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How Canada’s Iregular is forging memorable connections between people and the public space

Using your hands to create and then interact with virtual birds, fish and locusts.

Opening your mouth and seeing your avatar vomit garbage. Closing your mouth and seeing computer-generated plants grow through that garbage and reclaim the space.

Striking poses and watching as digital icebergs emerge from your body and float away.

Using your smartphone flashlight to browse through photographs of the environment or photographs of celebrities.

These may sound like scenes from science fiction or video games, but they’re also what happens during Creatures, Products, Icebergs and Telescopes, the 4 interactive experiences that comprise Our Common Home (pictured above), a new public art exhibition that will be seen outside North America for the first time when it’s unveiled at Expo 2020 Dubai on February 10.

A person in Montréal interacts with the Icebergs chapter of Iregular’s Our Common Home, an interactive art installation that will debut outside North America for the first time when it’s unveiled at Expo 2020 Dubai on February 10, 2022. Credit: Studio Iregular

Our Common Home is a 4-chapter interactive journey that uses artificial intelligence and computer vision to track the movement and behaviour of people engaging with large media facades,” says Éloi Beauchamp, CEO of Iregular, the Montréal, Quebec-based new-media art studio that created the artwork, which debuted in Montréal in October 2021 and has been shown in Chicago.

“The idea is to use interactive visual art to raise awareness of our impact on the environment,” Beauchamp explains. “In Products, for example, you’re having fun engaging with this interactive piece, but then you see a representation of yourself vomiting mountains of garbage, which makes you think about the waste we produce.”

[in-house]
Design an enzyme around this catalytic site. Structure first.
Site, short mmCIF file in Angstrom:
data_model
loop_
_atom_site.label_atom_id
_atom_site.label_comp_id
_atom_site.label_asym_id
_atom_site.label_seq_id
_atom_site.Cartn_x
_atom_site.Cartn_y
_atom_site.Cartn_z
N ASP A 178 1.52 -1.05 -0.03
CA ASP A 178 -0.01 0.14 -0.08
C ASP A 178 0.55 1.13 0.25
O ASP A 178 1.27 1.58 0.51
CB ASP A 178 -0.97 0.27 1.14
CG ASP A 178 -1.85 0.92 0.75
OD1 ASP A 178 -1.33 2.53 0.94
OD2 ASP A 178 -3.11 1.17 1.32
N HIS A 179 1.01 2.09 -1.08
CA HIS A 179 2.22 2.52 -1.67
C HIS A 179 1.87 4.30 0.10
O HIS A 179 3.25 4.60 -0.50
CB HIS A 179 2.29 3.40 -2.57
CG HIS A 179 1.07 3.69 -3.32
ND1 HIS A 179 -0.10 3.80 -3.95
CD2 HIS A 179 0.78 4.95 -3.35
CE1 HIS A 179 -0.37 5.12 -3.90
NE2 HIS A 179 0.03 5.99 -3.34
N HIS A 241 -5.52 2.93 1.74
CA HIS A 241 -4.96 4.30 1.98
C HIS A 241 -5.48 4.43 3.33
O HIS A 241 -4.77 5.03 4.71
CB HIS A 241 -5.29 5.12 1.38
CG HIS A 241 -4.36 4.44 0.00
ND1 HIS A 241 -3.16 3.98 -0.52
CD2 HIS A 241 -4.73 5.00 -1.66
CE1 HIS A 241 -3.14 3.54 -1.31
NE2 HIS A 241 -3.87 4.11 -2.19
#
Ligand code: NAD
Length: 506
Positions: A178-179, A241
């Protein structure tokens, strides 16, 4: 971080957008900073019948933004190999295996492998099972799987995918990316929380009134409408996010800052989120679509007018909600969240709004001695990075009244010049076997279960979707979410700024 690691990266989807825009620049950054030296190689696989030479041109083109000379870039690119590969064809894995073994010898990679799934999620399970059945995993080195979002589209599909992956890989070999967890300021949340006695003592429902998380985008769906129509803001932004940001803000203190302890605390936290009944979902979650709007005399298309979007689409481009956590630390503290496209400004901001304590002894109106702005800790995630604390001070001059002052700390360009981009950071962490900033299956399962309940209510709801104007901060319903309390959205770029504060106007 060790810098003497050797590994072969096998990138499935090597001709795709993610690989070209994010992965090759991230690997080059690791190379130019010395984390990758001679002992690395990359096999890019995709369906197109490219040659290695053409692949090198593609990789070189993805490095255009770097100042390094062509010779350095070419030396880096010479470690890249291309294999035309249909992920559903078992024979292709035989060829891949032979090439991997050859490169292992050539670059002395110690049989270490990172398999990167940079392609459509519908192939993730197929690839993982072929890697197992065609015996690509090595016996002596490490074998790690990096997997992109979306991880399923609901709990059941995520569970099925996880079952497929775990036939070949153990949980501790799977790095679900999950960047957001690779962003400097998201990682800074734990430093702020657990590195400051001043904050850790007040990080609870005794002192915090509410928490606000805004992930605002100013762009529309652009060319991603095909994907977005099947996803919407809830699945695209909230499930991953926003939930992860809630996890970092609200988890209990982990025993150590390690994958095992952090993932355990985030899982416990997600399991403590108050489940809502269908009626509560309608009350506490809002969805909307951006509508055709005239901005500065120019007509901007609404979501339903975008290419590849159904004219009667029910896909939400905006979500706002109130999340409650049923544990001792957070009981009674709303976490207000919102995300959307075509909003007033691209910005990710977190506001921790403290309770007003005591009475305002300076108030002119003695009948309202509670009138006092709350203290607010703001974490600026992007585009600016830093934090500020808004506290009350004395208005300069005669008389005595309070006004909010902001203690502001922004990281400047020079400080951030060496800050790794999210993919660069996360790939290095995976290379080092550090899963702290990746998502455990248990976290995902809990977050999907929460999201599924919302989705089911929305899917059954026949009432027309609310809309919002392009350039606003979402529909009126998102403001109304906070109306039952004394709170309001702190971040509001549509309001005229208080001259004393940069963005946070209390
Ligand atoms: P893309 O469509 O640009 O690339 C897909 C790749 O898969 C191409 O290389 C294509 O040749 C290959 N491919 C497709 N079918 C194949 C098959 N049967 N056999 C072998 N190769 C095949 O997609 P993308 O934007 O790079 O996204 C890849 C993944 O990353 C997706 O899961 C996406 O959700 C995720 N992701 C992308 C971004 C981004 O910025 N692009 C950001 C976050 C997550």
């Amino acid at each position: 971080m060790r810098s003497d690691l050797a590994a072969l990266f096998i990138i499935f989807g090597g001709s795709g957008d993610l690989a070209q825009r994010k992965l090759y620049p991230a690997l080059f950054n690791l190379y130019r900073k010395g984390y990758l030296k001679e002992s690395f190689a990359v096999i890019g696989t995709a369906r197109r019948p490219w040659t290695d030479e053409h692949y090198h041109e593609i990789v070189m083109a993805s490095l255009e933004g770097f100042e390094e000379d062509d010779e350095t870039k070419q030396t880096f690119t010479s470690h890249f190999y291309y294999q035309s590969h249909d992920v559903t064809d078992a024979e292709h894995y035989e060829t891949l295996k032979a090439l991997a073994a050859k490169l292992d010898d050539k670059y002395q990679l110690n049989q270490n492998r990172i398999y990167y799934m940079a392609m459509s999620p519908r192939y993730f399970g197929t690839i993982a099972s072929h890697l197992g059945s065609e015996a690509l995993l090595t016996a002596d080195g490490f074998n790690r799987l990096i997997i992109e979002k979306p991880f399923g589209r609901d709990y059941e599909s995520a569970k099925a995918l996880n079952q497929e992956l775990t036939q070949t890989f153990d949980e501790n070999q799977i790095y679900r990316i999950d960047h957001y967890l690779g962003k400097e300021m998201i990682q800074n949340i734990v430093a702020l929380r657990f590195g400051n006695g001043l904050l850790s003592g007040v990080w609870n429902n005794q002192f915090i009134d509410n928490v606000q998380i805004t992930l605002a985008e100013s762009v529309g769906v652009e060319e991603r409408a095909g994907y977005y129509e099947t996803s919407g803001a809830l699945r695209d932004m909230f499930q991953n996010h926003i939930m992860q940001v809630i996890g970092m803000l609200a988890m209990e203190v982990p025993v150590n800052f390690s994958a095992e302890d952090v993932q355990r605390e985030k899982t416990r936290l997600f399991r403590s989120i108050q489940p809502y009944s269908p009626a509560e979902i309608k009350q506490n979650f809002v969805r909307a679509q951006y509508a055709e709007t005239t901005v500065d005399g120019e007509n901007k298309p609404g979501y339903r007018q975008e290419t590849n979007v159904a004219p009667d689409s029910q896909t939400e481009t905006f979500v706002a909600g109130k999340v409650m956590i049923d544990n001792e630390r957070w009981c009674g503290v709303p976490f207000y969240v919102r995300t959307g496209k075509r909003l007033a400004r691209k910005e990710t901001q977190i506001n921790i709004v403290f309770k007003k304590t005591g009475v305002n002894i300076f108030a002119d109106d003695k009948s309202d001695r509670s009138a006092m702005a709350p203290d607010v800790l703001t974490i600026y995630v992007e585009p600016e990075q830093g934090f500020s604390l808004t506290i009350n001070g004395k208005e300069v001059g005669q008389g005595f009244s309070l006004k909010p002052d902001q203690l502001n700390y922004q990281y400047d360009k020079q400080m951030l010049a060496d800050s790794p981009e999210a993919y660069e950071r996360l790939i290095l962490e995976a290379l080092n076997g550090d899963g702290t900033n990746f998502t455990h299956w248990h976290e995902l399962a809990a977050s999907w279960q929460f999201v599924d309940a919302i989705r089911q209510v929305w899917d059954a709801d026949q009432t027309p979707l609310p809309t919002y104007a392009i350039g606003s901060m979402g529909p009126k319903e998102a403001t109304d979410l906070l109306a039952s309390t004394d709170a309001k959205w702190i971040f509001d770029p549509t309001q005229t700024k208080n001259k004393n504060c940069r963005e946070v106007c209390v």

Here, Beauchamp shares more about Iregular, including how it established a foothold in the United Arab Emirates, how its cutting-edge technology has helped it survive the COVID-19 pandemic and what comes next.

On how Iregular started
I met Daniel Iregui, Iregular’s founder and creative director, in 2018 and thought his art was fantastic. My intent was to bring him onto the roster of L’Éloi, the production house I run, but instead we became partners in 2020. Since then, we’ve taken what had been a small studio and turned it into a growing company.

On operating during the pandemic
Two weeks after Daniel and I became partners, the pandemic hit. For a new-media art studio that focuses on public art, this was not great news. Thankfully, we had just received a Canada Media Fund grant. So we decided to spend time making the company as strong as we could for September 2021, which is when we thought the world would reopen. For the next year and half, we worked on our catalogue and our technology and kept meeting people. We were on Zoom for 18 months, talking to thousands of people all over the world: artists, cultural event planners, politicians, trade commissioners, art galleries, museums.

On Iregular’s focus on public, interactive art
Daniel has always pushed the boundaries of interactive art. For example: how could it work at long distance? And be touchless? And allow for multiple users? He’d been thinking about all this before the pandemic, so when we understood the implications of COVID-19, we said, ‘Holy moly, creating this sort of technology makes so much sense now!’”

On Cursor, the technology Iregular developed during the pandemic